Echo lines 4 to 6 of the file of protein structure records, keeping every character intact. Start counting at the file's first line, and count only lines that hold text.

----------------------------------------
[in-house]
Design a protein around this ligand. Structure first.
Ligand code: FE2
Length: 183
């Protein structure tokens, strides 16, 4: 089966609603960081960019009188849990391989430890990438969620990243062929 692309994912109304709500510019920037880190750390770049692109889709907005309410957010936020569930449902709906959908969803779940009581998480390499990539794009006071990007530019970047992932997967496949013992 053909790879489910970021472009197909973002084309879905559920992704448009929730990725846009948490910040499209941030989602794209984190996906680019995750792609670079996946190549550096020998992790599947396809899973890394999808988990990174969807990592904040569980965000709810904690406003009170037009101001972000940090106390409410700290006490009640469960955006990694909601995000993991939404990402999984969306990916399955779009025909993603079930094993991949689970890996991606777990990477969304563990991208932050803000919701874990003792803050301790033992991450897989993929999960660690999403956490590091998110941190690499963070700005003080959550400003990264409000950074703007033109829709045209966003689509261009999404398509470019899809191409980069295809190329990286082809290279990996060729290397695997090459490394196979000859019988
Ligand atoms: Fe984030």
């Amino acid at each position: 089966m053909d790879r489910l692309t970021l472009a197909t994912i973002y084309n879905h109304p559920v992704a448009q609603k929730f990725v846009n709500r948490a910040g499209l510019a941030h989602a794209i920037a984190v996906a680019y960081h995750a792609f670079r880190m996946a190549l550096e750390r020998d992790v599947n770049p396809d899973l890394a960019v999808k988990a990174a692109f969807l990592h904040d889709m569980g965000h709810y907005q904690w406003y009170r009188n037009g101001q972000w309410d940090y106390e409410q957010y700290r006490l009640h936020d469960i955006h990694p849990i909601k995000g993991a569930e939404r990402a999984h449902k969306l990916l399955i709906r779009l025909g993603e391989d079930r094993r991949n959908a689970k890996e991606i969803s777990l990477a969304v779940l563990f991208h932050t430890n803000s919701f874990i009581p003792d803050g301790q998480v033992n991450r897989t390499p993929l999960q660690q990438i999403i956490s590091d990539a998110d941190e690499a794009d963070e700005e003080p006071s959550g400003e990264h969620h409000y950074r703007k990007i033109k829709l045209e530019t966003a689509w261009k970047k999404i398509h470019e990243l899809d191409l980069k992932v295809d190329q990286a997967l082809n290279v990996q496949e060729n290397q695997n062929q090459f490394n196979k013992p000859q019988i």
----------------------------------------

Length: 183
């Protein structure tokens, strides 16, 4: 089966609603960081960019009188849990391989430890990438969620990243062929 692309994912109304709500510019920037880190750390770049692109889709907005309410957010936020569930449902709906959908969803779940009581998480390499990539794009006071990007530019970047992932997967496949013992 053909790879489910970021472009197909973002084309879905559920992704448009929730990725846009948490910040499209941030989602794209984190996906680019995750792609670079996946190549550096020998992790599947396809899973890394999808988990990174969807990592904040569980965000709810904690406003009170037009101001972000940090106390409410700290006490009640469960955006990694909601995000993991939404990402999984969306990916399955779009025909993603079930094993991949689970890996991606777990990477969304563990991208932050803000919701874990003792803050301790033992991450897989993929999960660690999403956490590091998110941190690499963070700005003080959550400003990264409000950074703007033109829709045209966003689509261009999404398509470019899809191409980069295809190329990286082809290279990996060729290397695997090459490394196979000859019988
Ligand atoms: Fe984030």